PMID: 29023457 [PubMed - in process]

Coeliac disease: to biopsy or not?

Coeliac disease: to biopsy or not?

Nat Rev Gastroenterol Hepatol. 2017 Oct 11;:

Authors: Reilly NR, Husby S, Sanders DS, Green PHR

Abstract
Coeliac disease is increasingly recognized as a global problem in both children and adults. Traditionally, the findings of characteristic changes of villous atrophy and increased intraepithelial lymphocytosis identified in duodenal biopsy samples taken during upper gastrointestinal endoscopy have been required for diagnosis. Although biopsies remain advised as necessary for the diagnosis of coeliac disease in adults, European guidelines for children provide a biopsy-sparing diagnostic pathway. This approach has been enabled by the high specificity and sensitivity of serological testing. However, these guidelines are not universally accepted. In this Perspective, we discuss the pros and cons of a biopsy-avoiding pathway for the diagnosis of coeliac disease, especially in this current era of the call for more biopsies, even from the duodenal bulb, in the diagnosis of coeliac disease. In addition, a contrast between paediatric and adult guidelines is presented.

PMID: 29018278 [PubMed - as supplied by publisher]

Co-occurrence of Type 1 Diabetes and Celiac Disease Autoimmunity.

Co-occurrence of Type 1 Diabetes and Celiac Disease Autoimmunity.

Pediatrics. 2017 Oct 10;:

Authors: Hagopian W, Lee HS, Liu E, Rewers M, She JX, Ziegler AG, Lernmark Å, Toppari J, Rich SS, Krischer JP, Erlich H, Akolkar B, Agardh D, TEDDY Study Group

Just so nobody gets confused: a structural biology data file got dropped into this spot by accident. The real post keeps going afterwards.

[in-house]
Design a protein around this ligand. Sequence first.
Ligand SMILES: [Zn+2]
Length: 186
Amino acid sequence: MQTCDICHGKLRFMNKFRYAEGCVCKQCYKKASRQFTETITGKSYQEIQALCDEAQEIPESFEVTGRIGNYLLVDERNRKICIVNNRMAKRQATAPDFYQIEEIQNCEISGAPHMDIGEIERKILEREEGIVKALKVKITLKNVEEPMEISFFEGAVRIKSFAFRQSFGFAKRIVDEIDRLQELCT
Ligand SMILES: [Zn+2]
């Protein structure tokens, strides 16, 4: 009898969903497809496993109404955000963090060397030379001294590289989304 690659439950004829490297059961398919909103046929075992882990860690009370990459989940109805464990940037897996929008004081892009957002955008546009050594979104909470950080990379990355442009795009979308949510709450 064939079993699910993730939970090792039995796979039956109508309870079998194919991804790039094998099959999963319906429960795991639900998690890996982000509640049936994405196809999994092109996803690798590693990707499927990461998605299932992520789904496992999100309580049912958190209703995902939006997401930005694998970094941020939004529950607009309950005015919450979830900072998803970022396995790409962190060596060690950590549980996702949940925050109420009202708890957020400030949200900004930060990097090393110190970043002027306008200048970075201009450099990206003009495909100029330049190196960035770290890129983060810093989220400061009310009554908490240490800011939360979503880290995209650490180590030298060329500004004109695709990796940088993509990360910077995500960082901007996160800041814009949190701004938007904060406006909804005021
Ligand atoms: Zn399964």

Abstract
BACKGROUND AND OBJECTIVES: Few birth cohorts have prospectively followed development of type 1 diabetes (T1D) and celiac disease (CD) autoimmunities to determine timing, extent of co-occurrence, and associated genetic and demographic factors.
METHODS: In this prospective birth cohort study, 8676 children at high genetic risk of both diseases were enrolled and 5891 analyzed in median follow-up of 66 months. Along with demographic factors and HLA-DR-DQ, genotypes for HLA-DPB1 and 5 non-HLA loci conferring risk of both T1D and CD were analyzed.
RESULTS: Development of persistent islet autoantibodies (IAs) and tissue transglutaminase autoantibodies (tTGAs), as well as each clinical disease, was evaluated quarterly from 3 to 48 months of age and semiannually thereafter. IAs alone appeared in 367, tTGAs alone in 808, and both in 90 children. Co-occurrence significantly exceeded the expected rate. IAs usually, but not always, appeared earlier than tTGAs. IAs preceding tTGAs was associated with increasing risk of tTGAs (hazard ratio [HR]: 1.48; 95% confidence interval [CI]: 1.15-1.91). After adjusting for country, sex, family history, and all other genetic loci, significantly greater co-occurrence was observed in children with a T1D family history (HR: 2.80), HLA-DR3/4 (HR: 1.94) and single-nucleotide polymorphism rs3184504 at SH2B3 (HR: 1.53). However, observed co-occurrence was not fully accounted for by all analyzed factors.